18:3 – How can there be tranquility for one who has been burnt by the painful sun of doership without the continuous shower of the nectar of happiness? 

When you believe you’re the body-mind, you think, “I have to do such-and-such or avoid such-and-such to be at peace.”  Because of that, you’re continuously scorched by the sun of feeling like you have to do—or not do—something to be satisfied.  What’s the solution?  It’s the nectar of happiness, the ‘lemonade’ of self-knowledge I mentioned in the previous verse.  Because doing or not doing something can never be the solution to the burden of doership—it can only perpetuate the problem.  To be free from doership, you need self-knowledge to see that you’re never the doer in the first place.    

18:4 – This universe is merely imagined.  From the standpoint of the highest reality, it is nothing.  But there is no non-existence for those that discriminate their true nature from both the existent and non-existent. 

A wave is normally thought to exist as a standalone, independent thing.  But when you know the wave is really just an appearance of water, the wave is seen to be “nothing,” as in nothing but water—it has no existence apart from water.  In the same way, the universe usually is believed to be an objective reality.  But when you know the universe is just an appearance of the self, you understand that it’s “nothing,” meaning nothing but your own the self. 

In everyday language, objects in the world fall into the categories of “existent” or “non-existent.”  For example, the sun is existent, while the son of a woman who can’t have children is non-existent.  Or in another context, when the body-mind is born, it’s existent.  And when it dies, it’s non-existent.  Now, if you’re the body-mind, that’s a problem.  But when you discriminate your true nature from both existence and non-existence—which are both just concepts that apply to unreal objects—you understand there can be no non-existence for you, the self.  It’s not as if you find out that you’re a permanently existing object.  Rather, you see that you’re existence itself, the very essence of all conceptually existent or non-existent objects, the same way that water is the essence of all conceptually existent or non-existent waves.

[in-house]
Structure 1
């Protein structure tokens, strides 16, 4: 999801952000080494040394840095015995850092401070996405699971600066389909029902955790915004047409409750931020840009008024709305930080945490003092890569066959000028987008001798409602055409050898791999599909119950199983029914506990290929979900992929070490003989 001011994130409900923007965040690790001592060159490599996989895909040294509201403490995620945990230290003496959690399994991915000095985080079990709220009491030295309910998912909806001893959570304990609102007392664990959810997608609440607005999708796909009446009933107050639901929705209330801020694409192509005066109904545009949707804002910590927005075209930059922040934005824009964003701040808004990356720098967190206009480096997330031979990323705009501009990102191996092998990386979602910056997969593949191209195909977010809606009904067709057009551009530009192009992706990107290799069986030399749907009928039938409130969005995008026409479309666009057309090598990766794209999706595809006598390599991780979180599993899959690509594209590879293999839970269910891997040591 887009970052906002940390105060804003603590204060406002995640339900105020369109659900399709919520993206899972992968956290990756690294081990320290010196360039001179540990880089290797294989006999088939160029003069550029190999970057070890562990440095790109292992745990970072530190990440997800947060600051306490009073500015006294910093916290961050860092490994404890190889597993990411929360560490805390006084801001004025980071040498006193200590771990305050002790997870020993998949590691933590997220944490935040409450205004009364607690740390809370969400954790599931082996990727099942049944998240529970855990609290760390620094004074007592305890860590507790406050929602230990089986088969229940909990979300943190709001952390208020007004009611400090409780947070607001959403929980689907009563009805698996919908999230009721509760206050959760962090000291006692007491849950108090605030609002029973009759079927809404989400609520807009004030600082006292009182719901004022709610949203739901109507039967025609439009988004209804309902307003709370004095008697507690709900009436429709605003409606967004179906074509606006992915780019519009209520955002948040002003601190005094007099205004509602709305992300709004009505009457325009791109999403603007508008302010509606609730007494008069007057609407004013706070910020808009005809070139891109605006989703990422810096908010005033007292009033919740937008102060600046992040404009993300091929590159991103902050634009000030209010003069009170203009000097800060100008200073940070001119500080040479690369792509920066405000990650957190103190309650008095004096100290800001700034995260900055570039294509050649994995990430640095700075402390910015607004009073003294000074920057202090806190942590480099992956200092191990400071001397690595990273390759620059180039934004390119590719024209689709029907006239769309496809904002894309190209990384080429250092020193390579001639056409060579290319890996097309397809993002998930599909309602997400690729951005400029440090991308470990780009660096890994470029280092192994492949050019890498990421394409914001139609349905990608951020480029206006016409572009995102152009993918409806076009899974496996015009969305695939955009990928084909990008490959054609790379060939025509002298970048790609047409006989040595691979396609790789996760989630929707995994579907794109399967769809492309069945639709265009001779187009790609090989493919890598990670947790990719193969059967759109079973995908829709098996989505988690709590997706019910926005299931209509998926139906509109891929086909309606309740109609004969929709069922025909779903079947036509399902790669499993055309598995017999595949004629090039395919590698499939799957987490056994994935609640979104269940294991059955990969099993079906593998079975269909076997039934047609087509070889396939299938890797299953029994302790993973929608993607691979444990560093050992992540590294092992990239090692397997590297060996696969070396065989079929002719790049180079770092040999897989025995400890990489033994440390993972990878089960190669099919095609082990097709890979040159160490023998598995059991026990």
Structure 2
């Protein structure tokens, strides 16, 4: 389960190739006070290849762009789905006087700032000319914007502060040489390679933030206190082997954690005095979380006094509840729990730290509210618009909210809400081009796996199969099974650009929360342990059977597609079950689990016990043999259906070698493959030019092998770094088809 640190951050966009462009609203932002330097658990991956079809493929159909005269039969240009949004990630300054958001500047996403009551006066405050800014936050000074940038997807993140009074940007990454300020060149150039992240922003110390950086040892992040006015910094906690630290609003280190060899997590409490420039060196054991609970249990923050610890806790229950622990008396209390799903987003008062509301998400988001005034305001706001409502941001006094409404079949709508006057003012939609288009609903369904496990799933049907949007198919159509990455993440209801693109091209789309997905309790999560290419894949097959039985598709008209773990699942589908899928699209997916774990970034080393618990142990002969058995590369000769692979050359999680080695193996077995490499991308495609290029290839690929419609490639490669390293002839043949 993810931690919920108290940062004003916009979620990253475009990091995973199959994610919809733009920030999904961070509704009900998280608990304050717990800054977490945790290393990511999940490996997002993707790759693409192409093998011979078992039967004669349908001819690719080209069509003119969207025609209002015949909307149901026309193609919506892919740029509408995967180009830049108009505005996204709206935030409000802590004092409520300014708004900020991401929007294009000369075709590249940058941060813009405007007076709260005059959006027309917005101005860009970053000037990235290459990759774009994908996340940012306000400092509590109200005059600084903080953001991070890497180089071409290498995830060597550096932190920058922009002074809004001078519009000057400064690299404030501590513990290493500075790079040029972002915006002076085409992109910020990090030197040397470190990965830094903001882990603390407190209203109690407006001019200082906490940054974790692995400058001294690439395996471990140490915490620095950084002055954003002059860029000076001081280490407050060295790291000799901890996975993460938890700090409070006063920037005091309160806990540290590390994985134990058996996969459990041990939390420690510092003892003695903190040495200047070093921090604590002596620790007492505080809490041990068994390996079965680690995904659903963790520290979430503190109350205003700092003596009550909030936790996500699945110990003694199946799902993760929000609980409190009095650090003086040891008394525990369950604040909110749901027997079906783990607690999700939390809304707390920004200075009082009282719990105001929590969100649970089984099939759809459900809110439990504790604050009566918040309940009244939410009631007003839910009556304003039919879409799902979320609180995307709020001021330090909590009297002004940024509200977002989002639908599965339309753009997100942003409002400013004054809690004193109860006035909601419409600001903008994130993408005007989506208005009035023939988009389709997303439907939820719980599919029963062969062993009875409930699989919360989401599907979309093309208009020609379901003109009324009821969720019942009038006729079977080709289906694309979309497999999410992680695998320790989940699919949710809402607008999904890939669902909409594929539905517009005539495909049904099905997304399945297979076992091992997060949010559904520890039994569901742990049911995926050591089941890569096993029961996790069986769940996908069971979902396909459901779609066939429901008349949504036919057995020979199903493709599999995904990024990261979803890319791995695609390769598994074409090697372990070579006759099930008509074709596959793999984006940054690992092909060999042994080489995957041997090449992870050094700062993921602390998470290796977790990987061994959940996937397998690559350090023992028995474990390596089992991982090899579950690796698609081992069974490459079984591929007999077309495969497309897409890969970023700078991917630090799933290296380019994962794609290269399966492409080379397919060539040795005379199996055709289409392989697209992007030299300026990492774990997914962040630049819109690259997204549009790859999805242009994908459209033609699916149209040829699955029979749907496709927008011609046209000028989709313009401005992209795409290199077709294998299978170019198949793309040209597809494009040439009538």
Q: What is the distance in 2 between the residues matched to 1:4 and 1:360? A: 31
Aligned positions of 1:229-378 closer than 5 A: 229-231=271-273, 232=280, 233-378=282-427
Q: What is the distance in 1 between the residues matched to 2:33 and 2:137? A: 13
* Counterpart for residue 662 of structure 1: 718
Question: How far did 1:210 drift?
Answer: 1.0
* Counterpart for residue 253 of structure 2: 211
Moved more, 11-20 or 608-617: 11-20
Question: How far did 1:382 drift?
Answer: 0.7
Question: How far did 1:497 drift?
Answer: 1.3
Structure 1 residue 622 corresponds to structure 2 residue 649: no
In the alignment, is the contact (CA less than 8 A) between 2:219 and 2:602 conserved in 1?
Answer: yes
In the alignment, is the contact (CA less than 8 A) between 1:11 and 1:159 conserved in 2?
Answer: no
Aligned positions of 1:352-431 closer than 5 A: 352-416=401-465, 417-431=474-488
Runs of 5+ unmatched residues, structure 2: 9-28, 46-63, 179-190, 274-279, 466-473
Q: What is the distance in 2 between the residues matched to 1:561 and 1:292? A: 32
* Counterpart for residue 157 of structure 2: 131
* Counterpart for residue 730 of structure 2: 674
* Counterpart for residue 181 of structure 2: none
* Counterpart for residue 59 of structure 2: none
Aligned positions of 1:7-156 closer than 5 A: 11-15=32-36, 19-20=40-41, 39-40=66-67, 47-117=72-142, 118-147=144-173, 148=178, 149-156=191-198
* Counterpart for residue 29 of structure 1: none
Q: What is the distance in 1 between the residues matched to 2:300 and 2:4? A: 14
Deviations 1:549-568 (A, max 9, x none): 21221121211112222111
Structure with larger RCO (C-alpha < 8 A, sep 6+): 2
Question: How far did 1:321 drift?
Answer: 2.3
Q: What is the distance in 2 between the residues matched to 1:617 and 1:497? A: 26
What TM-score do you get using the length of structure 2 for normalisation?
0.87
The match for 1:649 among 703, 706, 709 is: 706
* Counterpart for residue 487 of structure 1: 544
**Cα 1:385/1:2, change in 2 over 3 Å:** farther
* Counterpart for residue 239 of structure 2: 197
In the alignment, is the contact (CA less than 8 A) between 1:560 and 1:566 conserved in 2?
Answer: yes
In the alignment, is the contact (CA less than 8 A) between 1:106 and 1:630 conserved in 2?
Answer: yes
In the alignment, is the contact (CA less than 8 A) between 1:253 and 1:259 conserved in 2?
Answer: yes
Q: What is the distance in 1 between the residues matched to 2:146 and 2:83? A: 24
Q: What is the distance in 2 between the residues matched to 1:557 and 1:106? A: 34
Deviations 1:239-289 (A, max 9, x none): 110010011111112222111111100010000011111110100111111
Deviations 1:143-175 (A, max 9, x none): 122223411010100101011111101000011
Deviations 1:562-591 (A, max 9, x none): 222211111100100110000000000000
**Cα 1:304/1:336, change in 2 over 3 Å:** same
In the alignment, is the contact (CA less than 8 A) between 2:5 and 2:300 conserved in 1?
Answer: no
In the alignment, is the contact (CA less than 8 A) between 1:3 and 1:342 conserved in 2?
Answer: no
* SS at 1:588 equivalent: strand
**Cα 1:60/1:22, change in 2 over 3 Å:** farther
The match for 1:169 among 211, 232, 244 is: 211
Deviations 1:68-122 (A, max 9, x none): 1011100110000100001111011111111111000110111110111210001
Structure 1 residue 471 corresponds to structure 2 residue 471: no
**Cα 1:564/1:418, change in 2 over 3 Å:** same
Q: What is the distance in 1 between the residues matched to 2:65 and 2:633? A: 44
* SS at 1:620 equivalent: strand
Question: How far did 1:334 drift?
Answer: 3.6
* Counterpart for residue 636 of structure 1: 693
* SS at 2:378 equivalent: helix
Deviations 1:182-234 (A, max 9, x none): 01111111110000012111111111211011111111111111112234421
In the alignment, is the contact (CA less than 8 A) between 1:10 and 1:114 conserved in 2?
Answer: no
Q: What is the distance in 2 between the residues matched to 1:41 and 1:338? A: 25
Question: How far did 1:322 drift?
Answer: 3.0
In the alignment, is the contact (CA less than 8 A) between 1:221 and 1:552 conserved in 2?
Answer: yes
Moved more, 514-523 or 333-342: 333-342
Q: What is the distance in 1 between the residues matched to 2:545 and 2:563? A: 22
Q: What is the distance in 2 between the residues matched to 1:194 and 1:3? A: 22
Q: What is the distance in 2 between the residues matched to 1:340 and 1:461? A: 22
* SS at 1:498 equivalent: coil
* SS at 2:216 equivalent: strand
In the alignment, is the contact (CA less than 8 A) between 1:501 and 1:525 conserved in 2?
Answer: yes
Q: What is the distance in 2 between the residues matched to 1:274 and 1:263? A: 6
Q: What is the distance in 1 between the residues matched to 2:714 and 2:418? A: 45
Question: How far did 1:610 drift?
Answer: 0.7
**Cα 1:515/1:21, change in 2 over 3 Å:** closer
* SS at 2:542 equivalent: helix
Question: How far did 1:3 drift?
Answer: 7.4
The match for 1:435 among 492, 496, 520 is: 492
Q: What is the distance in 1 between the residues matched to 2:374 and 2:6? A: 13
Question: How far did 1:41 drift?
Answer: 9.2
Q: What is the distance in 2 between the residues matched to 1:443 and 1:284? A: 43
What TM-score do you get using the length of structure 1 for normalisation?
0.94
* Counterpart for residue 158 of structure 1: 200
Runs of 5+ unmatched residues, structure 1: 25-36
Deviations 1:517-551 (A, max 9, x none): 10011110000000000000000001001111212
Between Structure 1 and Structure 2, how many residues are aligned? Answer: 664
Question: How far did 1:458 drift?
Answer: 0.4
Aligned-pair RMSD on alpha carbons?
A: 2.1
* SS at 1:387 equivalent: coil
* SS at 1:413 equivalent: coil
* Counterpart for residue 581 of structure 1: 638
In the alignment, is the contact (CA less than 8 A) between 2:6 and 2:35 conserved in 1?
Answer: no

18:5 – The self which is absolute, effortless, immutable, and spotless, is neither far away nor limited. It is verily ever attained.

The self is never far away because it’s your true nature.  And there’s nothing you can do to become (attain) what you already are.  At best, you can only divest yourself of the notion that you’re the body-mind and appreciate the fact that you’ve been the self all along. 

Note:  The Ashtavakra Samhita is an advanced text that offers little to no supporting logic for its claims—it generally assumes you already know what it’s talking about.  That being the case, it can be a difficult text for beginning to intermediate students.  If you’re such a student, please feel free to contact me for further clarification on verses you don’t understand.  I’m always willing to help sincere inquirers.